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Christiane Wisehart: But galvanism provided only part of the inspiration for the monster’s creation. Mary Shelley actually had loads of unethical, and thoroughly creepy examples like this to draw on for her plot. Corrupt physicians using stolen corpses for experimentation was another inspiration.

Eleanor Price: Nowadays, lots of people donate their bodies to science for dissection. But in the nineteenth century, this practice was not yet widespread. Historian Jason Kelly explained that the only other legal way scientists and physicians could find bodies to dissect was to use the corpses of the recently executed.

Jason Kelly: Physicians in London for example would collect these bodies and take them back to their anatomy theatres and dissect them publicly for those who wanted to learn more about anatomy. So it was a grisly practice where you would have, potentially, physicians or the people who work for the physicians, who would come to the gallows and take the body to go back to the physicians. [begin music] So that was one way to get a body is through official channels. But there were not enough bodies to serve the size of the physician community to do that. So another way to get bodies was to hire somebody to illegally take bodies for you. So you might have a group of body snatchers who come with their own muscle into the cemetery at night and dig up a body. So they may bribe the watchman, go into the cemetery, dig up the body after it’s been buried earlier in the day, and take the body back to the physician.

Christiane Wisehart: When Victor Frankenstein visited graveyards to get dead bodies, he would have been very identifiable to Shelley’s audience as a grave robber or a body snatcher. It’s an example of Mary Shelley very deliberately playing on her audience’s fears about dissection and grave robbery.

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Jason Kelly: Mary Shelley is very taken and knowledgeable about science so I don’t think she necessarily has a problem with the practice of dissection but she knows her audience really well [begin music] and she knows how frightening it is to imagine your body being taken from the ground after it’s been buried and to be put in public in a theater to be dissected in front of people. She knows how grisly and horrible that must sound to a contemporary audience so I think she’s doing that, just that little extra bit of horror in there. She knows what people are thinking, they know- She knows what they’re reading in the newspapers and she knows to some extent people’s concerns over this. And so she’s really playing on that and she’s doing a great job at it.

Eleanor Price: Victor’s grave robbing was taken straight from reality. But as Jason Kelly explained, there’s one important way in which Victor differs from many scientists practicing in the nineteenth century.

Jason Kelly: one thing that’s so important in the community of scientists during this period is what they called sociability, the importance of community and building community and sustaining networks of communication and meeting with people and being friendly and being the type of person who people wanted to be with. Victor Frankenstein falls into this singular pursuit of knowledge where sociability just disappears from his life and is unnecessary. And in many ways, and I think Mary Shelley presents this pretty well, he becomes marginalized from the society in which he lives.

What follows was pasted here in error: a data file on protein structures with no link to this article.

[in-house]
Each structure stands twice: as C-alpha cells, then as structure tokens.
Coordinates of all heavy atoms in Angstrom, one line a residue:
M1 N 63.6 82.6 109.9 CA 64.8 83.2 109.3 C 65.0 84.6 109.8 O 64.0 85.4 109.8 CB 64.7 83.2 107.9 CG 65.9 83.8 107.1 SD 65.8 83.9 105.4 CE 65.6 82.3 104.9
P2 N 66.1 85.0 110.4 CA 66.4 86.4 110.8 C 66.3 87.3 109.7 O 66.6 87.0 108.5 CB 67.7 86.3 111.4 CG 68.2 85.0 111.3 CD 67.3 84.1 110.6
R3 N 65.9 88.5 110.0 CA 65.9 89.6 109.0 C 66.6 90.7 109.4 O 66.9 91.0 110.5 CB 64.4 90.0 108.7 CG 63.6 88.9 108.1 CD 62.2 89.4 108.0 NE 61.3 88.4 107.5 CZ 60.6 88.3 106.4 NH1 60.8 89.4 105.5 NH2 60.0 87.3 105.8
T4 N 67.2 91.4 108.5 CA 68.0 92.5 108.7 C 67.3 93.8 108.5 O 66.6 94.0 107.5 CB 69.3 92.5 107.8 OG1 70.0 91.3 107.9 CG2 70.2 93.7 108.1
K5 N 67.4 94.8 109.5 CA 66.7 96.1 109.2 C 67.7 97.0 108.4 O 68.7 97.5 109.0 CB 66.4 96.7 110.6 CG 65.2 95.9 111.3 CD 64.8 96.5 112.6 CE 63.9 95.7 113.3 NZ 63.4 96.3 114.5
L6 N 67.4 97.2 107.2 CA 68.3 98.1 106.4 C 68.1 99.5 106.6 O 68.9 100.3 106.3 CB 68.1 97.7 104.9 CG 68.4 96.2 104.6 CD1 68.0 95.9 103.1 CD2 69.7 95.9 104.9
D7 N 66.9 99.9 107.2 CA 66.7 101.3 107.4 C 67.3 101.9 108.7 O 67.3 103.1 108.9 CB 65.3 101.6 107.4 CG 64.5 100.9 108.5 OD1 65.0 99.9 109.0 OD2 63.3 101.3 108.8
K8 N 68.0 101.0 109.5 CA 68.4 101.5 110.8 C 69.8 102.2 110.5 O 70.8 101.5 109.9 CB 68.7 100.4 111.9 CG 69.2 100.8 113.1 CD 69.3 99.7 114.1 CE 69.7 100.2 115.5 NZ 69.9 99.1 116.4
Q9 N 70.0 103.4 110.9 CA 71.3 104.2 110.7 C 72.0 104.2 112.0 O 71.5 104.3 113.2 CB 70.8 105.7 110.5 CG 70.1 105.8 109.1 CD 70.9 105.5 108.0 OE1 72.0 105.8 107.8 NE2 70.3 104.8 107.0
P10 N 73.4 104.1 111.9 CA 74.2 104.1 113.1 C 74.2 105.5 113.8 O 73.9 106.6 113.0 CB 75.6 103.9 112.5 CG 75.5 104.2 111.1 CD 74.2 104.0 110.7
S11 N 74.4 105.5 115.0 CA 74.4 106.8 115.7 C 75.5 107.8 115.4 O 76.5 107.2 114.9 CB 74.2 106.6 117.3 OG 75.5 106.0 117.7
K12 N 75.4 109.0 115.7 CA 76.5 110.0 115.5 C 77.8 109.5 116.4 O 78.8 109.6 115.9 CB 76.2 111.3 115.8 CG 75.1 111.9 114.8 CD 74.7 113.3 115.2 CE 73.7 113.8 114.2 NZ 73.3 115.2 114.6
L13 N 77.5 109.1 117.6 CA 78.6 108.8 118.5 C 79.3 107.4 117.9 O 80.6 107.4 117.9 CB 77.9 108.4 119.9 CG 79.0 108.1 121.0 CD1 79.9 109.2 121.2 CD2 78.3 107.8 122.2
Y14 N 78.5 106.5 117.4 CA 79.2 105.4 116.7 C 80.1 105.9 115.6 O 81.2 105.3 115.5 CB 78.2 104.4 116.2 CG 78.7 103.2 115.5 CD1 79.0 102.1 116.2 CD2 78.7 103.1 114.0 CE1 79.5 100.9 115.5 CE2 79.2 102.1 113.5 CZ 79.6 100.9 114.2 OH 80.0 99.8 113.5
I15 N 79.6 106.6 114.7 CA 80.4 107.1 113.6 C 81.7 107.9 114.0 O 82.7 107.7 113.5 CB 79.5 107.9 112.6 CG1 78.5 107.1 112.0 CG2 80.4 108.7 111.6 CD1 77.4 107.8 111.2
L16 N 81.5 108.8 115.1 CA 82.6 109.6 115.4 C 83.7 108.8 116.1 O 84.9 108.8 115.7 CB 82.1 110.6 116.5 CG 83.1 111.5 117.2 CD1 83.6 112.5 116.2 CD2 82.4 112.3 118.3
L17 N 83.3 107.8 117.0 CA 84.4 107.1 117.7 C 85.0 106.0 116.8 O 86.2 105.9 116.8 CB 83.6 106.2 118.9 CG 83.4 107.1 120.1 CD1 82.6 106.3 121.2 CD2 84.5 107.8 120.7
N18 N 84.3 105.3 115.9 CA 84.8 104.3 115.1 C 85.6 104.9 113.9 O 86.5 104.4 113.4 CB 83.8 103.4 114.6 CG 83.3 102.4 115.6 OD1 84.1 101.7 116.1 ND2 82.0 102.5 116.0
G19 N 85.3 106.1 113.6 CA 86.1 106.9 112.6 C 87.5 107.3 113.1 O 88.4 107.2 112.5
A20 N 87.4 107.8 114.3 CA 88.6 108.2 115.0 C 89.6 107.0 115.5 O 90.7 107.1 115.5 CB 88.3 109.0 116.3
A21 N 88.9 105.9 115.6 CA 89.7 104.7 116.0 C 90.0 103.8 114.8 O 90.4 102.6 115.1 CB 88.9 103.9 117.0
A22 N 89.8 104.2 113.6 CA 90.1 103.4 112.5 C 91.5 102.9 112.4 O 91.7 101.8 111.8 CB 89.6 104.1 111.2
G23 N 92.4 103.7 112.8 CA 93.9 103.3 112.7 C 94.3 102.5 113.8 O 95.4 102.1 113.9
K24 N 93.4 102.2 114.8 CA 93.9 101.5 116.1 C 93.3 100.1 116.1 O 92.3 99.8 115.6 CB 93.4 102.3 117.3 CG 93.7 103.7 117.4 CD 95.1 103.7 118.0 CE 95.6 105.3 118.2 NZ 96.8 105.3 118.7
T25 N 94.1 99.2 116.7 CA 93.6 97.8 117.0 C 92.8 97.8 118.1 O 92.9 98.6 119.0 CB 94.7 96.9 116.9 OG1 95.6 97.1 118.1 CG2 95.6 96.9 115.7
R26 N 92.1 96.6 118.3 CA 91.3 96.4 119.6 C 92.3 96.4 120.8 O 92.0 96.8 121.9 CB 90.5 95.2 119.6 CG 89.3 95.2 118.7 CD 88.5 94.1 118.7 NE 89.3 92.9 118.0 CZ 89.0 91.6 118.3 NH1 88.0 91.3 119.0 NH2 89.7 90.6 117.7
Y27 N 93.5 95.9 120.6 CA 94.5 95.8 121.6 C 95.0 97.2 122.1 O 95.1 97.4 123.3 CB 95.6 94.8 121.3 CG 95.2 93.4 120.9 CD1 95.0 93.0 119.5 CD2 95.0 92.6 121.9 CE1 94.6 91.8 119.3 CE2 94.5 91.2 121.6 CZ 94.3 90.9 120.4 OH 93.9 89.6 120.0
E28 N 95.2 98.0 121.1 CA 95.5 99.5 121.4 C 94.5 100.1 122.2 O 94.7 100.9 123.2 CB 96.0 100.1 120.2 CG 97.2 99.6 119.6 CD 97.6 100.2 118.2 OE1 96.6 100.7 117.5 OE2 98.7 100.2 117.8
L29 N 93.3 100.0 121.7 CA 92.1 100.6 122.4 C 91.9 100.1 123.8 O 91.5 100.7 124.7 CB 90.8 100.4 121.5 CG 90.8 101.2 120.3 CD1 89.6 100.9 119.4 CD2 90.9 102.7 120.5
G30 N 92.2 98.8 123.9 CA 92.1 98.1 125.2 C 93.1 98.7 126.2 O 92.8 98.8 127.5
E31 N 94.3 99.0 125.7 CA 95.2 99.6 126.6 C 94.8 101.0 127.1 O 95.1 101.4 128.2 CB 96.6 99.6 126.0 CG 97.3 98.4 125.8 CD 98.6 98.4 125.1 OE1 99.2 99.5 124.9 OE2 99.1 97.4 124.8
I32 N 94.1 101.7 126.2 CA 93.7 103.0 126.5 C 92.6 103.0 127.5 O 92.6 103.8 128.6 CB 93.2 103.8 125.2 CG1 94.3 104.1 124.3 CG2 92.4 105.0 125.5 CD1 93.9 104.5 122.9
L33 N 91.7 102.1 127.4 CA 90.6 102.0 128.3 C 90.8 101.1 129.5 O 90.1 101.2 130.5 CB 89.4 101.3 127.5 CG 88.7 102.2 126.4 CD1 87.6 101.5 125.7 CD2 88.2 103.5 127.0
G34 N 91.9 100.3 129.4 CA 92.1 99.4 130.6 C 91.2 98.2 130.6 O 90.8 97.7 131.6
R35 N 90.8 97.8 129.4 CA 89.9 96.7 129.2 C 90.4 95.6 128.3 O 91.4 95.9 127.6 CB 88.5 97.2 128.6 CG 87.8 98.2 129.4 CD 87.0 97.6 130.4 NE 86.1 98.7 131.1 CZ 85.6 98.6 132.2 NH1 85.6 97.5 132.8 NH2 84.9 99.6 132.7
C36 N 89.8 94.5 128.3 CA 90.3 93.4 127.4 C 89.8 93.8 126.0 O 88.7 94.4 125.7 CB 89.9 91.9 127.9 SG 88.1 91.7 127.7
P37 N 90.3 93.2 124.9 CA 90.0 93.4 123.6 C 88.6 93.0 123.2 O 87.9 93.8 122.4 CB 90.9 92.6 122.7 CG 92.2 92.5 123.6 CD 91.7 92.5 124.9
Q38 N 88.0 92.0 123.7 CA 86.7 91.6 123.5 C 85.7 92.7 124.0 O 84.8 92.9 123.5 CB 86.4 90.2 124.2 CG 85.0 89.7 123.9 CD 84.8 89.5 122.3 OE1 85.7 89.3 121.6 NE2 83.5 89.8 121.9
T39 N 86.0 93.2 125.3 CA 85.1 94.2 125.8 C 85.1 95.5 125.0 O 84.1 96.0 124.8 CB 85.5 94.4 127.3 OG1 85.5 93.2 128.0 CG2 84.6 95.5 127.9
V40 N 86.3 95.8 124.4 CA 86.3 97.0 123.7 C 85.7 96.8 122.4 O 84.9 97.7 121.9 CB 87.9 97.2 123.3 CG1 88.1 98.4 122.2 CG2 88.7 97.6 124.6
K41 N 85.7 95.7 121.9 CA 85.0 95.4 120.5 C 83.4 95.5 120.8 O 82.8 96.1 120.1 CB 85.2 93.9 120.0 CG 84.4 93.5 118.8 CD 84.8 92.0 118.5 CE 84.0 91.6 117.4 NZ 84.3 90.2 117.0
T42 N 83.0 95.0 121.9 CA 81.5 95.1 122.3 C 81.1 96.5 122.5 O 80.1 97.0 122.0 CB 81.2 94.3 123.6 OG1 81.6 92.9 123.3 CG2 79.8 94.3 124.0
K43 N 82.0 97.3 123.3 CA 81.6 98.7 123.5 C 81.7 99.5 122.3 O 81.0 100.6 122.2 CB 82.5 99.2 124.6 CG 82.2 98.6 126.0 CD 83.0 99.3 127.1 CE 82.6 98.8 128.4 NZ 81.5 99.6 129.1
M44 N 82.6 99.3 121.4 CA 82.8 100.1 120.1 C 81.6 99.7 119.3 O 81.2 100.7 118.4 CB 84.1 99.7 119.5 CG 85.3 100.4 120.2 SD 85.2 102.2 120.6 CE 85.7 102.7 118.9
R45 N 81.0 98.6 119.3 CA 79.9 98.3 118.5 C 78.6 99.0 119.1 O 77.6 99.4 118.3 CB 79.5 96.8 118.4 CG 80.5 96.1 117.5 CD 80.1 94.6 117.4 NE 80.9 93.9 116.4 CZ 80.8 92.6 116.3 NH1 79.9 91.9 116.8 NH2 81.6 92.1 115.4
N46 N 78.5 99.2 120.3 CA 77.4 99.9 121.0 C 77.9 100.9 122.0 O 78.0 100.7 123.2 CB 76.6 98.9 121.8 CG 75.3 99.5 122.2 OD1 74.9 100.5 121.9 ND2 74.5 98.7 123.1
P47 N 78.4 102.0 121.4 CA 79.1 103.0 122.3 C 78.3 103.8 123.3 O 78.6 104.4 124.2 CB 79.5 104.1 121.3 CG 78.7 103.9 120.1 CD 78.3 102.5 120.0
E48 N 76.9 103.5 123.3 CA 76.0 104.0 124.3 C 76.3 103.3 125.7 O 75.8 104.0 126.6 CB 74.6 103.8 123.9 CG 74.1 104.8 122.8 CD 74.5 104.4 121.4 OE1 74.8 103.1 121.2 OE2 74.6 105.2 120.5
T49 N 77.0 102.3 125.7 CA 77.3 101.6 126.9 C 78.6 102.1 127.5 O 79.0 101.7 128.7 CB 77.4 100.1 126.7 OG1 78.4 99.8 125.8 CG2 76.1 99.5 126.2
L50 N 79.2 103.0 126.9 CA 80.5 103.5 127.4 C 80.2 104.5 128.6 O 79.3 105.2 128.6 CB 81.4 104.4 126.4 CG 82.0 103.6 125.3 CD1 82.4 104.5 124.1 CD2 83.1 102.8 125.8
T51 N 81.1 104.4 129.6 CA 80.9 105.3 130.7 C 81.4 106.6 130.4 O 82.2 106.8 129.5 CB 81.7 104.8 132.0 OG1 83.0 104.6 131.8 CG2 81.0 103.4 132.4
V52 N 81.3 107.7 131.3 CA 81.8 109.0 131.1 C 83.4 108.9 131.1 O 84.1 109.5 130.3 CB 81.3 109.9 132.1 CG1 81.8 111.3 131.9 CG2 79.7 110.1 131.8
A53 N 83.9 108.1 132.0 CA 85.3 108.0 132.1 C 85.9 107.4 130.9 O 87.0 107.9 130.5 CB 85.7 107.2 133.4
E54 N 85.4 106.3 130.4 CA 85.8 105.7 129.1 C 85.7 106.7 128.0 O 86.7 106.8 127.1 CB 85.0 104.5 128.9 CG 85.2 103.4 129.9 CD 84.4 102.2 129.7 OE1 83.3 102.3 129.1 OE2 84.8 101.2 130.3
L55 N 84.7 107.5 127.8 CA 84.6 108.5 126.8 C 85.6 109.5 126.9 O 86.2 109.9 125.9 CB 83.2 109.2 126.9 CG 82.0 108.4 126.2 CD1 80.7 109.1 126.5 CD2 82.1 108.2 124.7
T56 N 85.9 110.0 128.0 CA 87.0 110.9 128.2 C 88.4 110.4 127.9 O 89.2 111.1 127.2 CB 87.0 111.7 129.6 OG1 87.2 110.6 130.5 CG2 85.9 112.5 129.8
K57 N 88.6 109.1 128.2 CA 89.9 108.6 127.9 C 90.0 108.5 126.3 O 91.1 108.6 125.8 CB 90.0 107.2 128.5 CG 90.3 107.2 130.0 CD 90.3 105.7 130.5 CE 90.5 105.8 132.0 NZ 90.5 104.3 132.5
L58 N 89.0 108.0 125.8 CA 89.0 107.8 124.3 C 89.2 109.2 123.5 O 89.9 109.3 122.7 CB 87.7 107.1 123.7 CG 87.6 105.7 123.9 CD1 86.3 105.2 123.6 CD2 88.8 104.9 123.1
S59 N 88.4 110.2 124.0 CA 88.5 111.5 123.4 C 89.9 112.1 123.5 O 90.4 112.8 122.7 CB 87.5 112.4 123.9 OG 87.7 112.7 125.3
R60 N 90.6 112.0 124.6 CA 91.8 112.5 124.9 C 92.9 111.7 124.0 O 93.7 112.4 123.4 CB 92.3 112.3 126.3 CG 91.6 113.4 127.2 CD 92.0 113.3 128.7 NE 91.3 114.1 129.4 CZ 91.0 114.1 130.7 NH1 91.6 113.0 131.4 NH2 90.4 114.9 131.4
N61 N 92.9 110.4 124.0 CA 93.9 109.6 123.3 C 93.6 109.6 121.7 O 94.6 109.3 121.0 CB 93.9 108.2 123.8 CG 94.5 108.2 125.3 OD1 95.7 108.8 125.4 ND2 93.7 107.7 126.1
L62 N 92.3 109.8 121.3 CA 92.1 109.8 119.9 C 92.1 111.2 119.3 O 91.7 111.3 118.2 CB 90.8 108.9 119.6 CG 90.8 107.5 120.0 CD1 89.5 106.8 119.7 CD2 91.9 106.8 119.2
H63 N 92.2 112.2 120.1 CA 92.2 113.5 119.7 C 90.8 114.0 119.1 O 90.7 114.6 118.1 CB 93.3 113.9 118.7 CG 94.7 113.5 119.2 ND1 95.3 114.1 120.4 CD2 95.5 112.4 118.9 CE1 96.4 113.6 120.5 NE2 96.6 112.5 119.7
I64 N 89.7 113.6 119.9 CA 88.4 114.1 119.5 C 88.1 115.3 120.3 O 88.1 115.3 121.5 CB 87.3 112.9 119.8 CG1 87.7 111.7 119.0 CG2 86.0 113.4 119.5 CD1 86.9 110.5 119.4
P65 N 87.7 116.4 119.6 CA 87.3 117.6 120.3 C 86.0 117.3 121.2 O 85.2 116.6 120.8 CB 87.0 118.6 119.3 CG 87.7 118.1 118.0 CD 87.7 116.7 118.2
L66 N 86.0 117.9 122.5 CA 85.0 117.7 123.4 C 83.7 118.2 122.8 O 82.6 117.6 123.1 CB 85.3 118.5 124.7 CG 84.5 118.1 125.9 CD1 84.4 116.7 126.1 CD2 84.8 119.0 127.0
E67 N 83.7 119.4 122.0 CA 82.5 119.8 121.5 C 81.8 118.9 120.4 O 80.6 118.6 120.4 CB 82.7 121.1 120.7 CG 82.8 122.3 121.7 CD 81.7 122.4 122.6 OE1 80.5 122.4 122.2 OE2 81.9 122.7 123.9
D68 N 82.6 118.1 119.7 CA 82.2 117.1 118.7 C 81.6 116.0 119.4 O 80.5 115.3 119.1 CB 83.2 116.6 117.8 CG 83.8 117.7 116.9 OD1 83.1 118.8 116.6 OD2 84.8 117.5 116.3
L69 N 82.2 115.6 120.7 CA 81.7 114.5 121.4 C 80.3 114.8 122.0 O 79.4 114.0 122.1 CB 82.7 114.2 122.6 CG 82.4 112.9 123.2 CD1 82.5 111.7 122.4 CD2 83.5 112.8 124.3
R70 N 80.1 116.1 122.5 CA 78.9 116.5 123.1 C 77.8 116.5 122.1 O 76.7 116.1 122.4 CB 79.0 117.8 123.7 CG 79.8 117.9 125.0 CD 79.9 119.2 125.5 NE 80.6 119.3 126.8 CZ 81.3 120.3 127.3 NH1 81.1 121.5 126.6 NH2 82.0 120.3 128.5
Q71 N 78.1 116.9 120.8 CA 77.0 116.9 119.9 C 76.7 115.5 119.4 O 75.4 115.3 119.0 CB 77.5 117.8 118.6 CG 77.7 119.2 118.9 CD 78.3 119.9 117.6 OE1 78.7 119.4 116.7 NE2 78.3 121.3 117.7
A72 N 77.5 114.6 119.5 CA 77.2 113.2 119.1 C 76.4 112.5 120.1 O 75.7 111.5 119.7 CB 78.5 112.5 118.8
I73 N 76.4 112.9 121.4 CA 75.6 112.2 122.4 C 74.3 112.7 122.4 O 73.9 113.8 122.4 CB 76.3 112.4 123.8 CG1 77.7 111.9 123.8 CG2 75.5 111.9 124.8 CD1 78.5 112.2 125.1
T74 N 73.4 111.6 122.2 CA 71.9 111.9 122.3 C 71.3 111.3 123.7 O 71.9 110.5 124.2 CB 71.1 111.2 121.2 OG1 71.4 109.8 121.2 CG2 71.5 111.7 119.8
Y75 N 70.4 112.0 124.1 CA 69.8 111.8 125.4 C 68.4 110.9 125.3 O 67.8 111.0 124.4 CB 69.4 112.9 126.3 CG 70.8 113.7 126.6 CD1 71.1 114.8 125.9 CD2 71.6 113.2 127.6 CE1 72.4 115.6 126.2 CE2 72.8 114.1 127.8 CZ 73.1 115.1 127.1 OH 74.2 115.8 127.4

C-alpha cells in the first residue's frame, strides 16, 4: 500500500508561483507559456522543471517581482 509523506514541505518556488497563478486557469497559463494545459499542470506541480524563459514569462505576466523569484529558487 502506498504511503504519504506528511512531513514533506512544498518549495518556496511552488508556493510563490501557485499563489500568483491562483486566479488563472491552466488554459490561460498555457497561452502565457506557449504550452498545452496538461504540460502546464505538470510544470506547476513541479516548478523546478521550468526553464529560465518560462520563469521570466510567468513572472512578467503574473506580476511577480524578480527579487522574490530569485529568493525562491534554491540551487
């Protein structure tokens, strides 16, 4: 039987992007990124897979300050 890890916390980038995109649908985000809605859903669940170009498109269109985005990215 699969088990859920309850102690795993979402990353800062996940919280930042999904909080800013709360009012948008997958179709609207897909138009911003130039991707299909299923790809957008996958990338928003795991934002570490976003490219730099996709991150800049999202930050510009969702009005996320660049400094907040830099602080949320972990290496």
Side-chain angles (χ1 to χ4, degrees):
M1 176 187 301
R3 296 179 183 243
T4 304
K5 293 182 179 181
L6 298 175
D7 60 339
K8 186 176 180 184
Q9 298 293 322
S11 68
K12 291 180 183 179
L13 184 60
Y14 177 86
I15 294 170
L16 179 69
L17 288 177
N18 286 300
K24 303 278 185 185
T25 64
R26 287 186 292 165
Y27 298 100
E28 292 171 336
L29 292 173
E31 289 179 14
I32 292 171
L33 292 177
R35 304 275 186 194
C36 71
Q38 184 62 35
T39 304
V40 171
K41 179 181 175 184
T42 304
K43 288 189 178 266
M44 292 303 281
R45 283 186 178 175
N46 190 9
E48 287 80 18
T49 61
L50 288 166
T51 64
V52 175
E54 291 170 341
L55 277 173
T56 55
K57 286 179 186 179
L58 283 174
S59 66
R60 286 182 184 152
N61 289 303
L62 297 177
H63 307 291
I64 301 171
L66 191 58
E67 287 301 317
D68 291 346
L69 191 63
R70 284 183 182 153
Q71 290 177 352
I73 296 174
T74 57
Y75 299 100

Christiane Wisehart: Victor Frankenstein rejected any kind of community, and this contributed to his downfall. Mary Shelley seems to have been criticizing Victor for his lack of sociability, his isolation.

Eleanor Price: Sociability was incredibly important because it was the vehicle by which knowledge was spread and shared during this period.

Jason Kelly: If we think of Frankenstein ─ the book itself as an example of how knowledge is created in this period, I think it provides a nice counterpoint. Because Mary Shelley isn’t secluding herself and disappearing for months on end to create this thing. She is involved in a community of people who are intellectuals and she’s exchanging with them every single day. They’re all integrated into these grand international networks. And that is how they see knowledge being developed, is through communication, through sociability and through exchange. So I think she is criticizing Victor Frankenstein for his isolation whether that is what creates evil. That’s a different story. That’s a very interesting story, because Mary Shelley was a huge fan of Jean-Jacques Rousseau, the French philosopher. And if she agrees with him to some extent, then she might argue that in fact, the evils that humans do or the evils that humans become might be more associated with society.

Christiane Wisehart: Rousseau believed that the more society interfered with a person, the more evil they were apt to become. Jason says that this is exactly what happens with Frankenstein’s creature:

Jason Kelly: It’s society that turns the creature evil because the creature ─ all it wants is love. It seeks protection and it seeks love, over and over and over again it gets denied that love and protection. Personally I think Mary Shelley is saying that society is evil for shunning this thing that it should be protecting as opposed to the creature being inherently evil itself.